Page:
Landsat remote sensing approaches for monitoring long-term tree cover dynamics in semi-arid woodlands: Comparison of vegetation indices and spectral mixture analysis

Jian Yang, Peter J. Weisberg, Nathan A. Bristow

Research output: Contribution to journalArticlepeer-review

169 Scopus citations


Tree canopy cover is a major biophysical attribute of dryland ecosystems. Monitoring its long-term changes over large spatial extents is critical for understanding woody vegetation response to climate variability and global change. However, quantifying tree canopy cover with remotely sensed data remains a challenge for dryland ecosystems where vegetation is sparse and trees, shrubs, and grasses often co-exist at fine spatial scales. In this study, we developed a full SMA (spectral mixture analysis) method that regressed photosynthetic vegetation (PV), non-photosynthetic vegetation (NPV), and shade components of the SMA with dryland tree cover to monitor tree cover dynamics on a pinyon-juniper woodland landscape in Nevada, USA using Landsat TM data. We assessed 1) how well this method could estimate tree cover in both disturbed (chained and burned) and non-disturbed woodland patches and 2) how sensitive this method was to the confounding effects of climatic variations. The assessment was conducted in comparison with two other more commonly used methods that regressed NDVI or PV with tree cover. Our results showed that although PV performed better than NDVI, both methods overestimated tree canopy cover within recently disturbed woodland patches where the confounding effects of shrubs on greenness index were higher than in non-disturbed patches. The full SMA efficiently quantified variations within post-chaining patches in addition to non-disturbed patches, but overestimated tree cover within burned patches. Of the three methods tested, only full SMA showed promising capability for mitigating the confounding effects of interannual climatic variations on monitoring the woodland recovery process. Our results are generalizable to other semi-arid landscapes comprising a mosaic of small-statured trees intermixed with shrub steppe vegetation.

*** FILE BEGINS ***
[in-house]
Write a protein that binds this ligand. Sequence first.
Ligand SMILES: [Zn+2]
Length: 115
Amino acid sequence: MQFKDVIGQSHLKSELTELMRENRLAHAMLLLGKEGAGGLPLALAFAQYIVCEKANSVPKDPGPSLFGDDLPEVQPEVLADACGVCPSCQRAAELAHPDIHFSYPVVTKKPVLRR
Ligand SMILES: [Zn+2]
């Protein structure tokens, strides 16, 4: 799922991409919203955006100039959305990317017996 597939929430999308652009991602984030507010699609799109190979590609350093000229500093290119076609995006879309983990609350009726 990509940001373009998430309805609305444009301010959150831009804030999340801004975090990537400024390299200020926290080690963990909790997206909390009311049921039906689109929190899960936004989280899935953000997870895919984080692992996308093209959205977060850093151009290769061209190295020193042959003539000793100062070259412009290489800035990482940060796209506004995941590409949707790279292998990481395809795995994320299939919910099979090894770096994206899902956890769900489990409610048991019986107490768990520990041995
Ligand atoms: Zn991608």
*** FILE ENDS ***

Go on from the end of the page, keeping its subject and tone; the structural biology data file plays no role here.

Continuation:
Original languageEnglish
Pages (from-to)62-71
Number of pages10
JournalRemote Sensing of Environment
StatePublished - Apr 16 2012

Bibliographical note

Funding Information:
Funding was provided by the USFS Rocky Mountain Research Station Rangeland Research Competitive Program , Agreement No. 08-JV-11221674-011 . JY also acknowledges the support from the National Natural Science Foundation of China (No. 41071121 ). We thank Dr. Jeanne Chambers and Dr. Robin Tausch for help in initially formulating this research, and Dax Albrecht and Andrea Gammon for assistance with field data collection. Three anonymous reviewers greatly improved the quality of the manuscript.

Copyright 2012 Elsevier B.V., All rights reserved.


  • Landsat TM
  • NDVI
  • Pinyon-juniper woodland
  • Spectral mixture analysis
  • Tree canopy cover
  • Vegetation indices
  • Woodland expansion

ASJC Scopus subject areas

  • Soil Science
  • Geology
  • Computers in Earth Sciences


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